Andy Dunn, the founder of menswear site Bonobos which sold to Walmart in 2017 for $310 million, is now parting ways with the retail giant. The executive, who joined Walmart as SVP of digital consumer brands at the time of the acquisition, officially announced his departure in a LinkedIn post titled “A Love Letter to Walmart.”
In it, Dunn praises the time he spent with the company and the knowledge he gained while working there. Specifically, he references several of Walmart’s bigger initiatives, including its transformation into an omnichannel retail company serving customers online and offline, without distinction.
This is an area of Walmart’s business that’s been under pressure as the battle with Amazon heats up. A recent report by Bloomberg, for example, highlighted the internal corporate culture clash underway as Walmart’s e-commerce investments impacted stores and thinned margins.
Dunn also referenced Walmart’s growing grocery business, now helping to fuel its online sales, and the development of new Walmart brands like Allswell.
“I learned a lot more about retail transformation in the digital age at the world’s biggest company. I watched our strategy evolve as we uncorked our unique advantages on a new omni playing field – and began to identify where we aren’t just catching up, but where we are winning. The momentum with online grocery pickup opened my eyes: our thousands of supercenters are an asset nobody else has, so let’s use them,” wrote Dunn. “In our digital brands group, that led to development of a strategy built on omni, as we married our talent with the power of Walmart distribution to build brands like Allswell. With my departure, that incubator will now be plugged directly into the Walmart mothership,” he said.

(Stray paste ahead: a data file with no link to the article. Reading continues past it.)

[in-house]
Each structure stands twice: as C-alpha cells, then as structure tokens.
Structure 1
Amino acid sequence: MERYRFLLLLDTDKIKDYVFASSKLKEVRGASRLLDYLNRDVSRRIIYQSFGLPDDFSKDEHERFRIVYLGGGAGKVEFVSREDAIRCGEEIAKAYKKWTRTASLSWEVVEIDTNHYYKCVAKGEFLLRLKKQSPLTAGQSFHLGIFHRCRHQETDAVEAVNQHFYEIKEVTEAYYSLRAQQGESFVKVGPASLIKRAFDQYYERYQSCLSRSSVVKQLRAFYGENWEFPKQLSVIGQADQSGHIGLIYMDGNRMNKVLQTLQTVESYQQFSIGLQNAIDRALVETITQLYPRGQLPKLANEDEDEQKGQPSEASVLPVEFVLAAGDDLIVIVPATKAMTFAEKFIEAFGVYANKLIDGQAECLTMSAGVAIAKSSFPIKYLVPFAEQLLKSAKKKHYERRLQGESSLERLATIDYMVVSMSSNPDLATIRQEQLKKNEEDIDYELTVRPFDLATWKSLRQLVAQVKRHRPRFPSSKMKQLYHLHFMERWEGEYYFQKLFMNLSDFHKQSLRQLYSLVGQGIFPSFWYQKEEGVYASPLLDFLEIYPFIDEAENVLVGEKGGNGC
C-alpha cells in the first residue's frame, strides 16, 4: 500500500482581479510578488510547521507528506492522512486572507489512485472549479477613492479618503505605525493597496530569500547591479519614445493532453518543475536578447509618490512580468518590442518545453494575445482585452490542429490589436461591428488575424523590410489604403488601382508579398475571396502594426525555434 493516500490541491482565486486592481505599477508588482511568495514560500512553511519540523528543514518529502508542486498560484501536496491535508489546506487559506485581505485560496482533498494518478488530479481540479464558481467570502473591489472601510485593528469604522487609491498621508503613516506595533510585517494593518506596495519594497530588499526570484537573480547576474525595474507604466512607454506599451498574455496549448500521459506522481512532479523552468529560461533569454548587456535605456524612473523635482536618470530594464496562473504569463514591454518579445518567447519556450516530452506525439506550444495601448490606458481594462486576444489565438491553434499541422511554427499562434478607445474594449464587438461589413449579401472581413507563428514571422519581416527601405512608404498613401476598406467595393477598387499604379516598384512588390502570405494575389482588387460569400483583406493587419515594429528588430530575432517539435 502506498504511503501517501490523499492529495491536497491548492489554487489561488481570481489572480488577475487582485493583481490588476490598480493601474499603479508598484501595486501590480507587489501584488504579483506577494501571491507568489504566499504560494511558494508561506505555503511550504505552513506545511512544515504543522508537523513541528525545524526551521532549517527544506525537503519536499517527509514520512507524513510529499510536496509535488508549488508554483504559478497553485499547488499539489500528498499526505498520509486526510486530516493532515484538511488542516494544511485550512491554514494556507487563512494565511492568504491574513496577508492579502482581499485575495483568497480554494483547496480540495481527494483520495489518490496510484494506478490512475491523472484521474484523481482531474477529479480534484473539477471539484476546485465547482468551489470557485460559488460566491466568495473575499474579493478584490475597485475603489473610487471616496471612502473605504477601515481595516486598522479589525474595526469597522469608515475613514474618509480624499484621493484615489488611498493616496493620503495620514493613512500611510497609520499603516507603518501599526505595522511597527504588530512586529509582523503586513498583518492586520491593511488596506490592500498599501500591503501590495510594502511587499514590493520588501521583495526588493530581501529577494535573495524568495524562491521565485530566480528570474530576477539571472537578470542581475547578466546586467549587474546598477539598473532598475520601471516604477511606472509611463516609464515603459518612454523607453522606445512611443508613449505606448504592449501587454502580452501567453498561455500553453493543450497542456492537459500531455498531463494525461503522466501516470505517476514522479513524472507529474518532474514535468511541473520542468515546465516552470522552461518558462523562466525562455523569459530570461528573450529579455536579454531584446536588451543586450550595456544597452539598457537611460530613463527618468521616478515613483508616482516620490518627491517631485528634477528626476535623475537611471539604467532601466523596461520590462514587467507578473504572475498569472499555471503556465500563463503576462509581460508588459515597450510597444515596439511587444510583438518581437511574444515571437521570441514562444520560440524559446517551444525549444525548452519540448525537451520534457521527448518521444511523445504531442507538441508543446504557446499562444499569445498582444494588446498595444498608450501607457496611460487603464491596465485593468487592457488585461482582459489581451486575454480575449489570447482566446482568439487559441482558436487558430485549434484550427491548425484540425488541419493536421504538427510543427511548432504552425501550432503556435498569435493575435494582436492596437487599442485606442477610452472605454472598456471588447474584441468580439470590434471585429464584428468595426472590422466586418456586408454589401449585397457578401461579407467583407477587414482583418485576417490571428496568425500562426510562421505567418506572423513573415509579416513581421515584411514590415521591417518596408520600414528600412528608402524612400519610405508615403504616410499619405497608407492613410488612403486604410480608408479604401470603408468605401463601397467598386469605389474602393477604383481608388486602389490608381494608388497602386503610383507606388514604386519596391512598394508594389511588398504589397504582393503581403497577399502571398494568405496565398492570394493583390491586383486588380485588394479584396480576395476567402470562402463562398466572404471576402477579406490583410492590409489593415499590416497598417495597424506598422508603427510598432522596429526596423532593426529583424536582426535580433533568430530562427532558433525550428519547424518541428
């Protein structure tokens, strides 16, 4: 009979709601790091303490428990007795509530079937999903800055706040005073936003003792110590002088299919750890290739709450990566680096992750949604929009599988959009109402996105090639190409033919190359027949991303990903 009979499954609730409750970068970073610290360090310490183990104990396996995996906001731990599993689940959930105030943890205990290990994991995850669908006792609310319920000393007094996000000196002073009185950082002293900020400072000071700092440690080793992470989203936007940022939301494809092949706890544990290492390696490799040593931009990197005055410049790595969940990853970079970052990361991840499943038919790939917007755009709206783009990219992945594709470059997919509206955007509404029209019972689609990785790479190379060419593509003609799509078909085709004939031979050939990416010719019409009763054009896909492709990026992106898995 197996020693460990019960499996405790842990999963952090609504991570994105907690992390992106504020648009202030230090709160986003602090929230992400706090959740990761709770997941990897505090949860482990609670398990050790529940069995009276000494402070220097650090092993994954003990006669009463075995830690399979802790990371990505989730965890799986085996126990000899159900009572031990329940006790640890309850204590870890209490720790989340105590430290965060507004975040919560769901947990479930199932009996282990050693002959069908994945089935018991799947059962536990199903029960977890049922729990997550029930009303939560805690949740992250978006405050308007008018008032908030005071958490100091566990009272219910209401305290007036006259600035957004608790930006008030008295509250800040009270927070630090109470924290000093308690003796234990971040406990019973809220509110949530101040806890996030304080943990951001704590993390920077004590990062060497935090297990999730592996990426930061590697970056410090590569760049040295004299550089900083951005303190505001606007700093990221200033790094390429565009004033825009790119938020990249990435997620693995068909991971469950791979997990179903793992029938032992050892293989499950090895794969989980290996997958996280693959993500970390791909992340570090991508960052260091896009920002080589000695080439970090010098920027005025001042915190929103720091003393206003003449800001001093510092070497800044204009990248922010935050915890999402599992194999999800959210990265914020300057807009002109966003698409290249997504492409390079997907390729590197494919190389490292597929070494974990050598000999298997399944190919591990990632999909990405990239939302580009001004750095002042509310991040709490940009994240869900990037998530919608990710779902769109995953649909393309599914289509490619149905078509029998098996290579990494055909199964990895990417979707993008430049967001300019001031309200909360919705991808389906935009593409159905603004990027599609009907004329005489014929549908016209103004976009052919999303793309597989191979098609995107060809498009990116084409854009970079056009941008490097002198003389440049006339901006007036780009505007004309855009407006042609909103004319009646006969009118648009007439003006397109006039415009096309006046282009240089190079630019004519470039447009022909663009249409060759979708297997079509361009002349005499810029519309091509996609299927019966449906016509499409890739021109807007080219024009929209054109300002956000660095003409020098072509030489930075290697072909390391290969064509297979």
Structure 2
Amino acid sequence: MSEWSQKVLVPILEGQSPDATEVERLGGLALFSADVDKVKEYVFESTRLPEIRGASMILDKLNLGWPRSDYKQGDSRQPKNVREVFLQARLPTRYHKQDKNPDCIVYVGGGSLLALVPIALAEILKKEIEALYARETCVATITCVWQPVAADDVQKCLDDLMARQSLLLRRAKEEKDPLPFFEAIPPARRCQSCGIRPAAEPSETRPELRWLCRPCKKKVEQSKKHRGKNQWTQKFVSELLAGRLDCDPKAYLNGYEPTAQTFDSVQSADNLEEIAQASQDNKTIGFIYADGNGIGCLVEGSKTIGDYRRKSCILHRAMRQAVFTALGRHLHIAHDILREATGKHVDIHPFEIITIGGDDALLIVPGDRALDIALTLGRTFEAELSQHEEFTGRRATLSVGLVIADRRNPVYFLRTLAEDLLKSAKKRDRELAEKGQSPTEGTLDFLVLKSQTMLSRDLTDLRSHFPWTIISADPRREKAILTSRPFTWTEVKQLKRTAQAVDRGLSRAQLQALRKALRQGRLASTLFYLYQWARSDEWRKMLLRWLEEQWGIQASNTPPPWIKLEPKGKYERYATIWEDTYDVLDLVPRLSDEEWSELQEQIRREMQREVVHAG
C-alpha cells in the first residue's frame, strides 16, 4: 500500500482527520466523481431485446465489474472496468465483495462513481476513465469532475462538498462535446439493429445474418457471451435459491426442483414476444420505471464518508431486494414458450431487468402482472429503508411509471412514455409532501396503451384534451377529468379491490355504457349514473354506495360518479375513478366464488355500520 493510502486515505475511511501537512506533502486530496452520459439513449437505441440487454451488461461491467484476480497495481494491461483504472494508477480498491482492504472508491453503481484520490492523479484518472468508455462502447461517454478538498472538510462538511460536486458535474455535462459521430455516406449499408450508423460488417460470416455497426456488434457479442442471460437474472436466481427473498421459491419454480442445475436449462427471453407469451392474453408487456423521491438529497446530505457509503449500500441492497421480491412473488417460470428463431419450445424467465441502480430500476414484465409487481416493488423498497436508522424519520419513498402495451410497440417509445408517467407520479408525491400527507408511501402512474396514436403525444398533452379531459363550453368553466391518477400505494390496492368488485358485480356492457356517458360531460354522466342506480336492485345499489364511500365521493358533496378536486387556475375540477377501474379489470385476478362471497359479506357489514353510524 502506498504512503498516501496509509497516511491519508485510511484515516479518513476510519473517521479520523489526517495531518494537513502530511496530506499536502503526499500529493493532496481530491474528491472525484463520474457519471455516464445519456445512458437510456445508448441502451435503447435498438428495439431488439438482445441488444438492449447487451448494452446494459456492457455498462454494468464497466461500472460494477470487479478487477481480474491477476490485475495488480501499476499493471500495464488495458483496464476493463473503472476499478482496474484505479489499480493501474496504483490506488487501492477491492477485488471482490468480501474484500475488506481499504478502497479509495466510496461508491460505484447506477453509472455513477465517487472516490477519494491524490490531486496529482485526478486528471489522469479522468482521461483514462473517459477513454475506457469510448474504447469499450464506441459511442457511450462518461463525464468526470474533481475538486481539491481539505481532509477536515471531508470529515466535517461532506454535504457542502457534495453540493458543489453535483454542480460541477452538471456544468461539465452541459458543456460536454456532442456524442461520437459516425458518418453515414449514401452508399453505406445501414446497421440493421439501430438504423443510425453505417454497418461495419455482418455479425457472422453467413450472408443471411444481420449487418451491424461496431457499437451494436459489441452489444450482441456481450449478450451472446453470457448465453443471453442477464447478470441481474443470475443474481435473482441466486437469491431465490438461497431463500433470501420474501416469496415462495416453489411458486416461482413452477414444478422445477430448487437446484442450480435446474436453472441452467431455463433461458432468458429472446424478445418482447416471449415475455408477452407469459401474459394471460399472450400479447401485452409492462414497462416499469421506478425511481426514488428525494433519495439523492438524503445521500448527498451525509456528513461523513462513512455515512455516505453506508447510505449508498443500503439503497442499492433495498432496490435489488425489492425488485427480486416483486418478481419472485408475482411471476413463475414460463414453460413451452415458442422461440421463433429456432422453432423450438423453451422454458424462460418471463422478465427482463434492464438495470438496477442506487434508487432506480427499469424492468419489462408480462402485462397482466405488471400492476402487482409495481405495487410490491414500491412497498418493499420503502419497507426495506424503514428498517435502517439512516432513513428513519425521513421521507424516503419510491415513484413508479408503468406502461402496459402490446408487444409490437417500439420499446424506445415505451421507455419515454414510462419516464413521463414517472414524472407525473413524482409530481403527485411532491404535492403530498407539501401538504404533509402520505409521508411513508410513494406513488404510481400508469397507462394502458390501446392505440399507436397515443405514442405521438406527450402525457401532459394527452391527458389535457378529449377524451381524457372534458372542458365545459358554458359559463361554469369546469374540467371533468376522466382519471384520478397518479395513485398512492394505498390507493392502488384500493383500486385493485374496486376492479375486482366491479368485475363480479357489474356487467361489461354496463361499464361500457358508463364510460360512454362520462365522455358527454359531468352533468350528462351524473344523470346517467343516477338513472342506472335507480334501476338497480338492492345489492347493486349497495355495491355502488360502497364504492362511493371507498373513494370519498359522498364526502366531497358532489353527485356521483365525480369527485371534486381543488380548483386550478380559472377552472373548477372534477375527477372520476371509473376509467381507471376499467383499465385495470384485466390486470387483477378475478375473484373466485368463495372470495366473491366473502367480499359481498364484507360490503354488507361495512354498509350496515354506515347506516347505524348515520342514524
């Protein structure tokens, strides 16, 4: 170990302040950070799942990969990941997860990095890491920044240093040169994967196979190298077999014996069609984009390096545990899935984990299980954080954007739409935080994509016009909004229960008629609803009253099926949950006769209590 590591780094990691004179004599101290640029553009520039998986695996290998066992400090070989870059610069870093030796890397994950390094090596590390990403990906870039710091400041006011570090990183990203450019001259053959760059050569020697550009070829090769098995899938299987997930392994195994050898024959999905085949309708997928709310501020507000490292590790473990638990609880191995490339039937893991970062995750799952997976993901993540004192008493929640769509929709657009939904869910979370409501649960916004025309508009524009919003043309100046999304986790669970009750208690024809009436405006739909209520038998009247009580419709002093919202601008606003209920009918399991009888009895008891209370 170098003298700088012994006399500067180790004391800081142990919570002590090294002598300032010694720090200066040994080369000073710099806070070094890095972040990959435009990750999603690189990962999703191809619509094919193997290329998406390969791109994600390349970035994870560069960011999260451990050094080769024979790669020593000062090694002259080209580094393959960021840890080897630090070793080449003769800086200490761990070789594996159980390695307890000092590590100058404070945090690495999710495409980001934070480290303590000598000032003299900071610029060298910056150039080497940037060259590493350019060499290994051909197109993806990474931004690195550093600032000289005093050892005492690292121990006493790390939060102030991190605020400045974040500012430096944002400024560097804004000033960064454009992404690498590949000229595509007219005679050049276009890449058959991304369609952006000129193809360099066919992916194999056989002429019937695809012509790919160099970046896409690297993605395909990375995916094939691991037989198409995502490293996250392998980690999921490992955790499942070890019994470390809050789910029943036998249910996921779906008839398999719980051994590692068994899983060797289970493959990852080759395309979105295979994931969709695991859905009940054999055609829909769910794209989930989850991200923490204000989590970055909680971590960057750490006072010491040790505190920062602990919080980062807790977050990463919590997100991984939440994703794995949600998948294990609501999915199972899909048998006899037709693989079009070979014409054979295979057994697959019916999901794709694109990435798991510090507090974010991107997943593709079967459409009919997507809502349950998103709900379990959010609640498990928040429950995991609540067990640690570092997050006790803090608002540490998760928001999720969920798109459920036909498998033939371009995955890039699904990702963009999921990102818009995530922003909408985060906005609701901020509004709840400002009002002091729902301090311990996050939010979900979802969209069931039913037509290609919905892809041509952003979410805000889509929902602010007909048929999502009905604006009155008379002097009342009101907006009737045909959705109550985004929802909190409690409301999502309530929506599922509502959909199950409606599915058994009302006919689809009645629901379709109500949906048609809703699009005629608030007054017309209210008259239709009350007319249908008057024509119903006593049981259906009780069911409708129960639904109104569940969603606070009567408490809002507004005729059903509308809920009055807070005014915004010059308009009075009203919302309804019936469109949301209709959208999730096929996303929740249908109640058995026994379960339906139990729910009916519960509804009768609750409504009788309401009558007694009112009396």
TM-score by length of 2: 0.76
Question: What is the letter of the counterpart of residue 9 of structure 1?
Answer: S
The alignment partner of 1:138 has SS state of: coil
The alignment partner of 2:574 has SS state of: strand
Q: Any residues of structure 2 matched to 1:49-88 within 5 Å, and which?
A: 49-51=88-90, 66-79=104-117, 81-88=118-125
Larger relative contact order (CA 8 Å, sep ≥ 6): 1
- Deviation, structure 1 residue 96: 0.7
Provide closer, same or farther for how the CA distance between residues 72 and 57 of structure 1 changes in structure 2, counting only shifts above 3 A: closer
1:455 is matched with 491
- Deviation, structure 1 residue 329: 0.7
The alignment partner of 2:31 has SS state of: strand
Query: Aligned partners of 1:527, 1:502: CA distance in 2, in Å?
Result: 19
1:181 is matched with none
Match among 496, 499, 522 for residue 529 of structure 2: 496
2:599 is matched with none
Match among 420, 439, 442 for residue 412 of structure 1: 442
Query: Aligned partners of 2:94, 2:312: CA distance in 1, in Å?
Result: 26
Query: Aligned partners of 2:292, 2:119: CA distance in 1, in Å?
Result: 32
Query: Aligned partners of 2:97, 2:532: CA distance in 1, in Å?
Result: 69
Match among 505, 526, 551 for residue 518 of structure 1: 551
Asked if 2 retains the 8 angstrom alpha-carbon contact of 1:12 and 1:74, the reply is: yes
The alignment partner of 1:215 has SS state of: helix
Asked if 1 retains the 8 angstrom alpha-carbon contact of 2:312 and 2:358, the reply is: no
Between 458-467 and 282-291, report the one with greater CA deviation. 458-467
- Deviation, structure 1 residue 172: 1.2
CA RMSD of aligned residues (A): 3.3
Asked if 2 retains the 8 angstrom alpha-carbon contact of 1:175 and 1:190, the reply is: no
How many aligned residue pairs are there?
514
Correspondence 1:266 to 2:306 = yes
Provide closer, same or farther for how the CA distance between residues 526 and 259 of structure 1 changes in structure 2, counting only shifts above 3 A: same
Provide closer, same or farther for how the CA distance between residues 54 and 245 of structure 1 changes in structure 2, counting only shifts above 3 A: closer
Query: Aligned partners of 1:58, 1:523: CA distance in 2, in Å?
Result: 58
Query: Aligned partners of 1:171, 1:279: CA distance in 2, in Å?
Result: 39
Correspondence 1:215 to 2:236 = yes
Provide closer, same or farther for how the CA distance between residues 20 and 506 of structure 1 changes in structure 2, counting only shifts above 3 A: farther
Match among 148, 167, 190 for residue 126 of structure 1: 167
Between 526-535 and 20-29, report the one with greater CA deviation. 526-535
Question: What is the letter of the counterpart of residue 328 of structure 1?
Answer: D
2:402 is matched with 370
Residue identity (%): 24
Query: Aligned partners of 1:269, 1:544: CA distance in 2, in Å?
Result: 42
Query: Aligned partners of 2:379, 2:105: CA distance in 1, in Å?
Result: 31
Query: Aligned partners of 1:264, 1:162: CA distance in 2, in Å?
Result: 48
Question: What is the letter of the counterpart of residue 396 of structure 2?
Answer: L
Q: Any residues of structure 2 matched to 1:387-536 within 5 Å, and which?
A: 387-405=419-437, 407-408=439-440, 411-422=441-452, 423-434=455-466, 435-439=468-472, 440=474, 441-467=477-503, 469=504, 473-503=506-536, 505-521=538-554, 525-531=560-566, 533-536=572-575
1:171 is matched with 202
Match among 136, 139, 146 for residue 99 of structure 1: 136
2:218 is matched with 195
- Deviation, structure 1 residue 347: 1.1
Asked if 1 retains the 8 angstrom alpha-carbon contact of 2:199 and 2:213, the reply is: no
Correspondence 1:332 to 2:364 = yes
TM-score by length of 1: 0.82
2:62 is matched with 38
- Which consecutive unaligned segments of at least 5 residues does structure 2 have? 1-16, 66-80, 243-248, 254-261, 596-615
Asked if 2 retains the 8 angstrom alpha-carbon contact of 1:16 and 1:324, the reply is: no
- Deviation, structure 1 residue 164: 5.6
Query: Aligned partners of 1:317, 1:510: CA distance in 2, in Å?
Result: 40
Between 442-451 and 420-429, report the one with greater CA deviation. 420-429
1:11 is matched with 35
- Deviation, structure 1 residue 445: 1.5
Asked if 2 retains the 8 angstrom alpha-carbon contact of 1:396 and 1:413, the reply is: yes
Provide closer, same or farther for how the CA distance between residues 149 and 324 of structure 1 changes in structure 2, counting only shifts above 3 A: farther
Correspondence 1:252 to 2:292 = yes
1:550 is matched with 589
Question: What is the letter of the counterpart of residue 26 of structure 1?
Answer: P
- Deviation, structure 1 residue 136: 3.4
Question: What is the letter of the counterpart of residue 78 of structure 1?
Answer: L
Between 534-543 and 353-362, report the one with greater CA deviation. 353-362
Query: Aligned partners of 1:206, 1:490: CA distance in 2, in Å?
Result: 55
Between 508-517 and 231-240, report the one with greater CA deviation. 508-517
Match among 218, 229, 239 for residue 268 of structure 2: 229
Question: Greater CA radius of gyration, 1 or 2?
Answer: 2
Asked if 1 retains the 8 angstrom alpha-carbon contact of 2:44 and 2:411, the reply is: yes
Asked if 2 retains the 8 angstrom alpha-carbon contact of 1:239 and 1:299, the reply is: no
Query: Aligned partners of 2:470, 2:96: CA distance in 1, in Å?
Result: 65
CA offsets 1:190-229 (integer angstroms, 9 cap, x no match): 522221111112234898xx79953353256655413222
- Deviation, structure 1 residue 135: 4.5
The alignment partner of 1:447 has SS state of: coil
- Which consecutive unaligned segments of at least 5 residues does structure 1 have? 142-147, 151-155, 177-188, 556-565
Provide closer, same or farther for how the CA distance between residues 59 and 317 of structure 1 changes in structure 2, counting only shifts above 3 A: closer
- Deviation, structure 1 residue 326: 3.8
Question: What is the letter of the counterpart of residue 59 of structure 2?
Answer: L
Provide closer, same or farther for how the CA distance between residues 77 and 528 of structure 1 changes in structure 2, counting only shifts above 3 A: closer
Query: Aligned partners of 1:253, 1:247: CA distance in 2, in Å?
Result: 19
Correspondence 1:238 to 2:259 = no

Bonobos is one of several online brands that Walmart has now acquired to fill out its virtual shelves, along with Moosejaw ($51 million), ShoeBuy, Jet.com ($3 billion) and Hayneedle, in addition to Bonobos ($310 million) and ModCloth ($75 million). Dunn’s letter noted the more recent deal to buy plus-sized clothing brand ELOQUII ($100 million) — an example of Walmart’s desire to deliver a better life for its core customers.
Walmart’s acquisition streak has since slowed. It also sold off Modcloth just two years after buying it, to stem the losses from its e-commerce business. Bonobos saw layoffs in 2019, and Walmart’s biggest acquisition, Jet.com, has been folded into the rest of Walmart’s e-commerce operations.
Dunn’s letter also spoke to Walmart’s more controversial decision to fully exit the handgun and handgun ammunition businesses, and ban open-carry in its stores, following the mass shooting in its El Paso store.
“It’s a testament to what kind of company Walmart is that I entered thinking mostly about what I could offer, and ended up being the one who received so much,” said Dunn. “When it comes to making the world a better place, the world’s largest company is, 57 years later, just getting started. It’s a credit to the remarkable teamwork of 2.4 million of the hardest working people on planet Earth, all working together. As Sam said, the fact that we’re all in this together is the secret. At Walmart, it’s hidden in plain sight,” he concluded.
Vox previously reported on Dunn’s departure, citing a source, ahead of the official announcement.
Dunn’s departure will take place in 2020.
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